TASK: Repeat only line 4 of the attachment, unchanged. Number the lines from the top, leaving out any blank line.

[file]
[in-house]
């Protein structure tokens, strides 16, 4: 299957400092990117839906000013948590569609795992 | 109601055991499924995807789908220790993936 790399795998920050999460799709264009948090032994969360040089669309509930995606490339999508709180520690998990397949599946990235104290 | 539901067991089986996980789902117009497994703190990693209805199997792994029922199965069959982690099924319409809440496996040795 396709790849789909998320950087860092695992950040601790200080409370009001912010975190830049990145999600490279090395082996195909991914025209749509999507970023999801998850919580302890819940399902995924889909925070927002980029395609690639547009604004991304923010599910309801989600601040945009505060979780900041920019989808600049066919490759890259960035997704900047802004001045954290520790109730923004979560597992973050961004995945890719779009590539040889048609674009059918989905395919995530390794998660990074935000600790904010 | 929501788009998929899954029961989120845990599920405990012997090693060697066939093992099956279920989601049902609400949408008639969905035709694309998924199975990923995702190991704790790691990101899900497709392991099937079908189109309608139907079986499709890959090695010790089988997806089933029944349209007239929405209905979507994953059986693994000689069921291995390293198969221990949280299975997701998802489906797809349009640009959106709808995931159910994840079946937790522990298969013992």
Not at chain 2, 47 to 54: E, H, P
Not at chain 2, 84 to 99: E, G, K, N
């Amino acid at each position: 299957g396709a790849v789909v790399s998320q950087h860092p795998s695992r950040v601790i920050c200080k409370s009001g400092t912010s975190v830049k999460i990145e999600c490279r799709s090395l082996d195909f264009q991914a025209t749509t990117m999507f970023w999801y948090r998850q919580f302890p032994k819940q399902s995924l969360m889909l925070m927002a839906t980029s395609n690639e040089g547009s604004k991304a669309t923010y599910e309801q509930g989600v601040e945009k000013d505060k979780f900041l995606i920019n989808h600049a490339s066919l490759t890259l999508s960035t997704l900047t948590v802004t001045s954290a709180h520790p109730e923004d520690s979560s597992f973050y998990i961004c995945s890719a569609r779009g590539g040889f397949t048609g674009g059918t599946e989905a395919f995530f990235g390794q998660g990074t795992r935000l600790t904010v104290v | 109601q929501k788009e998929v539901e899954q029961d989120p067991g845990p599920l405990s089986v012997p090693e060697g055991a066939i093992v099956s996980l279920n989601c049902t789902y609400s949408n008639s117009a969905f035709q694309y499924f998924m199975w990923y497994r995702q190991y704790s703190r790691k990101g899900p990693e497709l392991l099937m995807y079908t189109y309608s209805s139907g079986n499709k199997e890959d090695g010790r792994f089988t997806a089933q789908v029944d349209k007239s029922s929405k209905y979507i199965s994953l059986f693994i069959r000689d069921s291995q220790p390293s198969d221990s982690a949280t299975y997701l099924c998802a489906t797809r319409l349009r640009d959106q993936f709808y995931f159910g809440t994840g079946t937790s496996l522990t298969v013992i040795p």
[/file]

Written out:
Not at chain 2, 84 to 99: E, G, K, N